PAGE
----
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Scoop: Fujitsu spilled private client data, passwords into the open unnoticed for a year

It takes a special kind of stupid to export a LastPass vault and dump it into a public bucket along with a bunch of AWS keys. How do these people win critical government contracts again, please?

Among the data exposed in the Fujitsu breach.

Fujitsu spilled private AWS keys, client data and plaintext passwords out into the open, unnoticed, for nearly a year according to a security researcher with the Dutch Institute for Vulnerability Disclosure.

Jelle Ursem told The Stack that the multinational had exposed a public Microsoft Azure storage bucket to anyone who encountered it (as he did) that was full of private data. The bucket, named “fjbackup” included:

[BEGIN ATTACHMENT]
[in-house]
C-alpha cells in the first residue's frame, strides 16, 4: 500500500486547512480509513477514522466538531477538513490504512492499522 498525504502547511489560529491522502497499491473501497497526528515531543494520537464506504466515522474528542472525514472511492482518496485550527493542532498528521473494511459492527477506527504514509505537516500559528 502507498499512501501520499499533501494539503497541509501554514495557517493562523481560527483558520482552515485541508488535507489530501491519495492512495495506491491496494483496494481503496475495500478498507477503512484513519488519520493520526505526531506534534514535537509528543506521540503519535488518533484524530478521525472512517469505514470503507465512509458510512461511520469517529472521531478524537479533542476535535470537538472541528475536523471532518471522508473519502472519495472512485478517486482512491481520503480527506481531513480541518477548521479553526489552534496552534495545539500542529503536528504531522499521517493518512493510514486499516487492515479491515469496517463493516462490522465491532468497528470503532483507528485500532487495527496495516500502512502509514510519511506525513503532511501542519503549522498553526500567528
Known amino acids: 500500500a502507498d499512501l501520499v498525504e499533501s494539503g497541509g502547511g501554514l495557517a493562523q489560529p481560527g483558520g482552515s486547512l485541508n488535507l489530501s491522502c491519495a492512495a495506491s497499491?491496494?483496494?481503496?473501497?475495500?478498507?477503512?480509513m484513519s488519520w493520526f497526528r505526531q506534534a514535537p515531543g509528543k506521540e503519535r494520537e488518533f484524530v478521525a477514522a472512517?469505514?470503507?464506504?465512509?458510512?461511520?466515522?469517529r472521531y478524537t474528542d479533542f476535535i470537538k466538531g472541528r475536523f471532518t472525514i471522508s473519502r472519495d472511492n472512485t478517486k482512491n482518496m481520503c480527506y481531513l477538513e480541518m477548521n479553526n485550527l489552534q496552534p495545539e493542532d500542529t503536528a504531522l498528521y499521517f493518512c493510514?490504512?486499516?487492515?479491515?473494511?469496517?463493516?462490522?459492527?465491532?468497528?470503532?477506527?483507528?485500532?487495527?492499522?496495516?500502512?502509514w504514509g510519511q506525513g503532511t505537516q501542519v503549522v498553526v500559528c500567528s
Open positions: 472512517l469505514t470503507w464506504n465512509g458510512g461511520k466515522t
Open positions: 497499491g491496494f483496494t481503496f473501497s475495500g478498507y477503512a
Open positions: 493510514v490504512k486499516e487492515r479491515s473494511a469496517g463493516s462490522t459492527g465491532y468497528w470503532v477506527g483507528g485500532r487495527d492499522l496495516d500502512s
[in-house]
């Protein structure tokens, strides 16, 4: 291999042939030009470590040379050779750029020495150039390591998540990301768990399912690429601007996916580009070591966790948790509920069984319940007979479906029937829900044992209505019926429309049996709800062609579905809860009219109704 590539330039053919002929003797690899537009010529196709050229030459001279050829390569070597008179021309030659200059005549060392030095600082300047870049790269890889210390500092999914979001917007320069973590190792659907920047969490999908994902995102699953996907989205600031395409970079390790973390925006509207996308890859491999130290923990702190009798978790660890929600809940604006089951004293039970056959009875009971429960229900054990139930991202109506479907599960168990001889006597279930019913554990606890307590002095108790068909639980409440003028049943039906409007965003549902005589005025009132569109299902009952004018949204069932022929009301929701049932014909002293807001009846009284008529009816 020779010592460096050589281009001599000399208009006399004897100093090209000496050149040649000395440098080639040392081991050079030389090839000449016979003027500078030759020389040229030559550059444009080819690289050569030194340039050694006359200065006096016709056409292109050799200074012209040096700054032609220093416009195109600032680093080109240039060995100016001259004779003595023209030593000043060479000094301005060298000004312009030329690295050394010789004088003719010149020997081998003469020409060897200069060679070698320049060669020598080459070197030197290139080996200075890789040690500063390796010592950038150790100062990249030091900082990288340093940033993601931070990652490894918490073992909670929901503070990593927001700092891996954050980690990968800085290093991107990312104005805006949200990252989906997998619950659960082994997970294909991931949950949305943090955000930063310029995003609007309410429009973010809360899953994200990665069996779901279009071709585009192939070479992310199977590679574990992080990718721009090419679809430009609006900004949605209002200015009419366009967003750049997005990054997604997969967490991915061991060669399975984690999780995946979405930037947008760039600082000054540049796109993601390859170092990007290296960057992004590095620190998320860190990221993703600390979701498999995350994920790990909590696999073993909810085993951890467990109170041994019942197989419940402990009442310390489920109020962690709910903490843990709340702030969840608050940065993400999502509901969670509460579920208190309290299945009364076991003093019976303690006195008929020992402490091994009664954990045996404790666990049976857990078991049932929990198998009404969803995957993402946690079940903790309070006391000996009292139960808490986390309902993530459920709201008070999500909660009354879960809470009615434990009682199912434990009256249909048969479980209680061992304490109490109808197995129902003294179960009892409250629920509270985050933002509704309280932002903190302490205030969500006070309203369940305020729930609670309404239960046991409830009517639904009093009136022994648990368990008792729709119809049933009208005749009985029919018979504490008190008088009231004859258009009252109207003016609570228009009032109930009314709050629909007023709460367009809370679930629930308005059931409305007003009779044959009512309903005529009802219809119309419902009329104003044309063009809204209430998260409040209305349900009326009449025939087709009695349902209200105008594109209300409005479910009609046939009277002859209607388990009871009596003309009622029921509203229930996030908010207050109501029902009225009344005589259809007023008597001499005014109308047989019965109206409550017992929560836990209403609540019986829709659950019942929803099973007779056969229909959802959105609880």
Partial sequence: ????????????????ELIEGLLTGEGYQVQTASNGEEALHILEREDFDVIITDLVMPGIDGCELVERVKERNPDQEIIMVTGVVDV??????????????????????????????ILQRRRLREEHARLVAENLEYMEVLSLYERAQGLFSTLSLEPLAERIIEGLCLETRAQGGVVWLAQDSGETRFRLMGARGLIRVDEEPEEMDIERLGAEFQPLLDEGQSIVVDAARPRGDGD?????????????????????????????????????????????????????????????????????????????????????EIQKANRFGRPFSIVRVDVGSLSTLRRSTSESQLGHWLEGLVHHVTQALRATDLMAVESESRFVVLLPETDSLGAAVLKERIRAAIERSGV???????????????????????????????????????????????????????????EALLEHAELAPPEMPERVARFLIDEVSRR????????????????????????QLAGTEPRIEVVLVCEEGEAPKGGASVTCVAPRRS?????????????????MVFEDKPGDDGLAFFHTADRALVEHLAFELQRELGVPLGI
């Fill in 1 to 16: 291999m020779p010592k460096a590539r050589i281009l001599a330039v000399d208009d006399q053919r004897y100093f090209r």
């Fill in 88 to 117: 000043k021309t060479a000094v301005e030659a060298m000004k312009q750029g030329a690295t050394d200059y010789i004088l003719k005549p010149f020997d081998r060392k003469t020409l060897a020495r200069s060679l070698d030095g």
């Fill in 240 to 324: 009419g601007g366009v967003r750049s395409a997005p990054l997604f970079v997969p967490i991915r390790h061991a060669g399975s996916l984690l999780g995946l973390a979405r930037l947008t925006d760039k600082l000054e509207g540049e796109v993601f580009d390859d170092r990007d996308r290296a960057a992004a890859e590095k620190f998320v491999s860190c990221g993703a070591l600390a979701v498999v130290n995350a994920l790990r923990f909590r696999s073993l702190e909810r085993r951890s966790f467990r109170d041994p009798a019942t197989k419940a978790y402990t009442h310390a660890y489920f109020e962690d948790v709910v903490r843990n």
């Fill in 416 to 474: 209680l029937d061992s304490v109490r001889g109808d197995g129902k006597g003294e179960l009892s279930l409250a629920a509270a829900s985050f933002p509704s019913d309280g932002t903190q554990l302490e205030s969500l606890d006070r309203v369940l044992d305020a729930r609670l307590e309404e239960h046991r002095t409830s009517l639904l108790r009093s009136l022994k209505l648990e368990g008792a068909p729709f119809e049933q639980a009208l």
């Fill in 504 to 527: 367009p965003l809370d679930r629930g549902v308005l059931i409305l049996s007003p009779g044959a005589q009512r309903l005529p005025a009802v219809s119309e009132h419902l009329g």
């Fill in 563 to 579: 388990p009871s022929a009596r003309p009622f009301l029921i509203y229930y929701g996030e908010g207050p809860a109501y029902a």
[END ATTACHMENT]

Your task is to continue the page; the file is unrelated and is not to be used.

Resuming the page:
• A full mailbox backup (thousands of emails) holding sensitive data.
  • Extensive details on client activity and teams
  • A CSV file of passwords pulled from password manager LastPass
  • Scores of Microsoft OneNote files “with everything you need to know” about customers including Centrica and Dutch water utility PWN, which serves 1.7 million customers; among many others

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